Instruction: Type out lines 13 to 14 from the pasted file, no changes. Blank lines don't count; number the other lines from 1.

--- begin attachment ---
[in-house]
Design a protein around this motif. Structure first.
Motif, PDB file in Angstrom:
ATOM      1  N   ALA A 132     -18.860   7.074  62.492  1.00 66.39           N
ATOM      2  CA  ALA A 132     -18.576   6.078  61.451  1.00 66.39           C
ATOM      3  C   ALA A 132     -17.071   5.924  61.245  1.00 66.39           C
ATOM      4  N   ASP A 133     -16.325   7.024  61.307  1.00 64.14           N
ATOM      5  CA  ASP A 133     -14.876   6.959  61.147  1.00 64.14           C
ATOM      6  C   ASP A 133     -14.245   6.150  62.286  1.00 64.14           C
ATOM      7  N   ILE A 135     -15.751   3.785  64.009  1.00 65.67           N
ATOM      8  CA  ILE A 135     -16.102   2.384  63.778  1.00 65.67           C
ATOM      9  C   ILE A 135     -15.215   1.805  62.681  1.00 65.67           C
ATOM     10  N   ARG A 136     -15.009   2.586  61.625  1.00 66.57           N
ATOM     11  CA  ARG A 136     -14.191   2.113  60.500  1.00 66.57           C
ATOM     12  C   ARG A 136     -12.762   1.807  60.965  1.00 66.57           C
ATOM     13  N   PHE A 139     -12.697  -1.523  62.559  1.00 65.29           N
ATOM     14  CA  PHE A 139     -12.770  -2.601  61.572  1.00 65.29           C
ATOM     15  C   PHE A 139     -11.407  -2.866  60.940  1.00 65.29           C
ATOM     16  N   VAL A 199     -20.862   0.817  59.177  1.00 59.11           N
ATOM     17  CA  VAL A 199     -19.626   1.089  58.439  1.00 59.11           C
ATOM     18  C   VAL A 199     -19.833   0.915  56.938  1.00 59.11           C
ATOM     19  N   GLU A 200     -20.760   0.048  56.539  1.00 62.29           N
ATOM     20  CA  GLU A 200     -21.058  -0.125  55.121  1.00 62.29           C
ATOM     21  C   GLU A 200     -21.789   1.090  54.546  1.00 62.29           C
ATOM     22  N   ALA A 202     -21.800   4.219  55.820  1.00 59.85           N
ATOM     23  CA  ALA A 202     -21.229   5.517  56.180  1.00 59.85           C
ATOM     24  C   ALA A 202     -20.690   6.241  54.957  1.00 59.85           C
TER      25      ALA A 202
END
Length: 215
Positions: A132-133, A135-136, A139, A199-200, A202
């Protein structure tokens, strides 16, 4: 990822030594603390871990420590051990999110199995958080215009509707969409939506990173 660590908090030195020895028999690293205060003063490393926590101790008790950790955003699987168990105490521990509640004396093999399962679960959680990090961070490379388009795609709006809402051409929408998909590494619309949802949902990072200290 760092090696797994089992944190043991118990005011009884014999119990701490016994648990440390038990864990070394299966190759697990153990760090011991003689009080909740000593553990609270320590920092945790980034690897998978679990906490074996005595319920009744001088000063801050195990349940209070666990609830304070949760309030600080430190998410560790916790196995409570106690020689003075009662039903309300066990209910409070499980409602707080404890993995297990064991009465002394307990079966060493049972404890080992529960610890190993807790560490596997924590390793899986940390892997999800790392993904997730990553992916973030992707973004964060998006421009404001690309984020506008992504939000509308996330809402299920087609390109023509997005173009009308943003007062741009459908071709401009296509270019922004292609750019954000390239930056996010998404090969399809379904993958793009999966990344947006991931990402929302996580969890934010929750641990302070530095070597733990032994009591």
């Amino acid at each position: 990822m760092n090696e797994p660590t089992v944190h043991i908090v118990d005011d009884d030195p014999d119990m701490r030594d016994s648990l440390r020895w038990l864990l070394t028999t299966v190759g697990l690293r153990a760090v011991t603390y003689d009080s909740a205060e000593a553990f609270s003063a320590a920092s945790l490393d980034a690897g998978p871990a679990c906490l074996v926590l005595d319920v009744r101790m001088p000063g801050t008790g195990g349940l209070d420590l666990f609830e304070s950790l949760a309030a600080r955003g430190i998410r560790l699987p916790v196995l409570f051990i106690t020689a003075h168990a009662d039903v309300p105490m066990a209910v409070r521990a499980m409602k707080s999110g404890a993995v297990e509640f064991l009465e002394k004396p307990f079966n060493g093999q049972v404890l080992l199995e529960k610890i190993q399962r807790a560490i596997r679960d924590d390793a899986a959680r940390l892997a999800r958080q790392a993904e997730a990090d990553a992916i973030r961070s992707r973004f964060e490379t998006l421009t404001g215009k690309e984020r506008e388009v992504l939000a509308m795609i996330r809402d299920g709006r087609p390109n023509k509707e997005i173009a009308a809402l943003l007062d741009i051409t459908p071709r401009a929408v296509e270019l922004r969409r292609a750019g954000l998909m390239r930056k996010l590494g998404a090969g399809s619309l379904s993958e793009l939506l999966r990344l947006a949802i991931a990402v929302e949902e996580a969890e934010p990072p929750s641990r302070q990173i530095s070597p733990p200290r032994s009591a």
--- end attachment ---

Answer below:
ATOM     10  N   ARG A 136     -15.009   2.586  61.625  1.00 66.57           N
ATOM     11  CA  ARG A 136     -14.191   2.113  60.500  1.00 66.57           C